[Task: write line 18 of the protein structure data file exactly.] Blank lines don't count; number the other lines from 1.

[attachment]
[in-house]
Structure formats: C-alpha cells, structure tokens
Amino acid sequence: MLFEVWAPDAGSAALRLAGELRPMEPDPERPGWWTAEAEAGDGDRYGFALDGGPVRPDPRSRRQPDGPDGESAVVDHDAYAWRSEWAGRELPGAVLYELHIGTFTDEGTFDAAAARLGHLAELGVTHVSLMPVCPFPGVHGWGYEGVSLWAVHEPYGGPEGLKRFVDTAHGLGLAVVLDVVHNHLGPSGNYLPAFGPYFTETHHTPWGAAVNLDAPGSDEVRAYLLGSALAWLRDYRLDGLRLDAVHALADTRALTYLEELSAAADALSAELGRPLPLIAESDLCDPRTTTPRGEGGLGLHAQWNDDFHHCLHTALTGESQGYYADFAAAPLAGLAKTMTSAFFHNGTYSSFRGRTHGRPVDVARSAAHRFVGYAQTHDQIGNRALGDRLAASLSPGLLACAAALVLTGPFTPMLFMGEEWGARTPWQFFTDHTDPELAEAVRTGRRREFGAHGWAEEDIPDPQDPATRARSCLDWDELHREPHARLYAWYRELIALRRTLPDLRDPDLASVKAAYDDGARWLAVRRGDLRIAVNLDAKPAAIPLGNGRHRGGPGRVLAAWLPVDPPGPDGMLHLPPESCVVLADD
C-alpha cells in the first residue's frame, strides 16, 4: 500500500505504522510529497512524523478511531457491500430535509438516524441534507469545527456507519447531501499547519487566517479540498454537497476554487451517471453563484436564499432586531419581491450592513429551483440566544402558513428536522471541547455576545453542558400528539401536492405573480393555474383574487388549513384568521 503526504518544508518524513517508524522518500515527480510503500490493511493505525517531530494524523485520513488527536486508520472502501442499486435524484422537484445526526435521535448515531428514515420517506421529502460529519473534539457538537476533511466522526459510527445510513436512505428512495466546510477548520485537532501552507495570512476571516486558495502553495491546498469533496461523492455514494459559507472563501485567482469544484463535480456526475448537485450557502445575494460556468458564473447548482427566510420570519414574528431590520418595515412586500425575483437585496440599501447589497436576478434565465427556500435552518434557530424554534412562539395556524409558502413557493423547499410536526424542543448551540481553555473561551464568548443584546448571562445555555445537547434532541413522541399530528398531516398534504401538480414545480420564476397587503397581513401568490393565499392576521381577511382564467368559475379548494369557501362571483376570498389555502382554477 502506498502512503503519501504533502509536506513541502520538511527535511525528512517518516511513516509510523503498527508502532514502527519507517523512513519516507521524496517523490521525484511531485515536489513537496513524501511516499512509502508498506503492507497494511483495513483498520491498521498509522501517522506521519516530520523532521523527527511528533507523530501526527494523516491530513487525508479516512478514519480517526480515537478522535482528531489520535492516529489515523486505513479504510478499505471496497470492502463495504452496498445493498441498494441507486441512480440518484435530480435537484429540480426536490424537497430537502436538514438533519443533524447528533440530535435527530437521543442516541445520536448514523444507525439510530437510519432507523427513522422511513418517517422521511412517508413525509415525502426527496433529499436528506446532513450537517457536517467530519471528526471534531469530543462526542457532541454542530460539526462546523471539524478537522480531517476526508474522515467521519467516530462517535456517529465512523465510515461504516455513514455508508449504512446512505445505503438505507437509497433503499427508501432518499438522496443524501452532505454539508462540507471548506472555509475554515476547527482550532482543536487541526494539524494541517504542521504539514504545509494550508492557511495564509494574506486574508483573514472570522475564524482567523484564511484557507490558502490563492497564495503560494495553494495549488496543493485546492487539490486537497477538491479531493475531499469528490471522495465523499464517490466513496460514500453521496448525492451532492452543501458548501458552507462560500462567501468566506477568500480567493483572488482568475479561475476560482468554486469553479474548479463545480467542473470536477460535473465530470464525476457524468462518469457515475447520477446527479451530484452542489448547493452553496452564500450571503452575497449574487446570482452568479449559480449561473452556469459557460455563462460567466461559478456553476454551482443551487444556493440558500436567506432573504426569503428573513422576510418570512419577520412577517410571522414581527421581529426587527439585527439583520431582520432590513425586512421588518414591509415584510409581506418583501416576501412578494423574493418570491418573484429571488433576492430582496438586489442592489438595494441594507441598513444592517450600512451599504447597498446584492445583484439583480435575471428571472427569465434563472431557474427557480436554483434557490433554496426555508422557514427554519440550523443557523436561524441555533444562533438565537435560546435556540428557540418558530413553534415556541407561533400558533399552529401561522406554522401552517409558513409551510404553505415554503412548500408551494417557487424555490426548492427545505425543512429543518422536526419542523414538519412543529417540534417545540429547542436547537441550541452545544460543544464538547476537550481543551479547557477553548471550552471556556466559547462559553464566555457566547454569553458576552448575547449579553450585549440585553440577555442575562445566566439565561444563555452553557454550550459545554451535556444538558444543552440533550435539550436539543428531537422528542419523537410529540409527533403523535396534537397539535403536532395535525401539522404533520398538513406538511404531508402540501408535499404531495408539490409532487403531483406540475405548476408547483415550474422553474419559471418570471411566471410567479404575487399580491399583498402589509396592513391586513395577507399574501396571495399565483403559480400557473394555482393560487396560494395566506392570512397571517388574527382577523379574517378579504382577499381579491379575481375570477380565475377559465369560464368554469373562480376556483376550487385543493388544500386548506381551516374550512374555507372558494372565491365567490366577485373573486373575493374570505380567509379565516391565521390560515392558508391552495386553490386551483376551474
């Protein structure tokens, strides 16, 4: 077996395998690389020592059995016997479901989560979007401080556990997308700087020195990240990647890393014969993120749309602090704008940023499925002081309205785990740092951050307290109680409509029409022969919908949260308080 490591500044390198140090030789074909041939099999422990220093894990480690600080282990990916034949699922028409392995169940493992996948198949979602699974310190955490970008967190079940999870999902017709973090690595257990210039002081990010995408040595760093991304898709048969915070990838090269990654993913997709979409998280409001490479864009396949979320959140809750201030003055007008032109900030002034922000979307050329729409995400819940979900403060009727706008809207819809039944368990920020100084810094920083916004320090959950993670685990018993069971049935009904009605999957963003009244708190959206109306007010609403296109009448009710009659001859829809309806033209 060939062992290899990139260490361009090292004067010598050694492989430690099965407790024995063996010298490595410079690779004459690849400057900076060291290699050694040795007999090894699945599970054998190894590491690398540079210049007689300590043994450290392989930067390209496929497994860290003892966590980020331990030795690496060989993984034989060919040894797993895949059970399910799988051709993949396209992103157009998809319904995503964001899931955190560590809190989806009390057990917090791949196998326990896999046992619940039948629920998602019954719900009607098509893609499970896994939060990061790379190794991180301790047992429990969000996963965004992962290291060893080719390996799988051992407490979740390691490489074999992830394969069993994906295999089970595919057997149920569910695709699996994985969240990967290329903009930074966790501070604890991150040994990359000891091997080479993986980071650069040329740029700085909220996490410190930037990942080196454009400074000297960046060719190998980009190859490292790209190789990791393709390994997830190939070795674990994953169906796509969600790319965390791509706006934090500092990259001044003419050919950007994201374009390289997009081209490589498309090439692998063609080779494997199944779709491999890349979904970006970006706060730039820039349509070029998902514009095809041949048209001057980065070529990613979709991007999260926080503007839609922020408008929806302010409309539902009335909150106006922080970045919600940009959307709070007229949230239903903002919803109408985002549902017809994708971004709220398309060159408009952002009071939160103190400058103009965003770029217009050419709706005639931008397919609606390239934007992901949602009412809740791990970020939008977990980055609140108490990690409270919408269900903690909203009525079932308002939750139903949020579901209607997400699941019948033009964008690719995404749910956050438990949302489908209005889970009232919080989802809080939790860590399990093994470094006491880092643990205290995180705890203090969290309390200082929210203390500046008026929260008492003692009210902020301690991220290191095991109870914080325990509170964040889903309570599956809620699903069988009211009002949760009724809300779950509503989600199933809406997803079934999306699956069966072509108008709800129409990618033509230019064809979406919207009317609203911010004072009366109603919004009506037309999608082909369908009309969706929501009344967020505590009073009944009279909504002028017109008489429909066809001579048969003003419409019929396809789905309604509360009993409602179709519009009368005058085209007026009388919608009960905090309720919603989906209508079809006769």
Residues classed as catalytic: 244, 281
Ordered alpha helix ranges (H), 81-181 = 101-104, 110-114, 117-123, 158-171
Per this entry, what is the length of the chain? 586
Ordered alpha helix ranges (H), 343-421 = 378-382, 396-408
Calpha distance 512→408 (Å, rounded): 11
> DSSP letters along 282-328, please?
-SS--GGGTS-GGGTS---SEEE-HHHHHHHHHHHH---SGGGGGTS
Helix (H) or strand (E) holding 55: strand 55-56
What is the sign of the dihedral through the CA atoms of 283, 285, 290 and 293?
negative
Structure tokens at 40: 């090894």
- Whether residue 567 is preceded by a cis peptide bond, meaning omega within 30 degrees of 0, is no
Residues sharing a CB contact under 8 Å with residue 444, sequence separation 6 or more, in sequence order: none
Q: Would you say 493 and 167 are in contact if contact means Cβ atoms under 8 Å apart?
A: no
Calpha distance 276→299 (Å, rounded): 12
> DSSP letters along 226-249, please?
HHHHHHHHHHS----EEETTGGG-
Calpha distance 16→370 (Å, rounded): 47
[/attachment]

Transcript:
Residues sharing a CB contact under 8 Å with residue 444, sequence separation 6 or more, in sequence order: none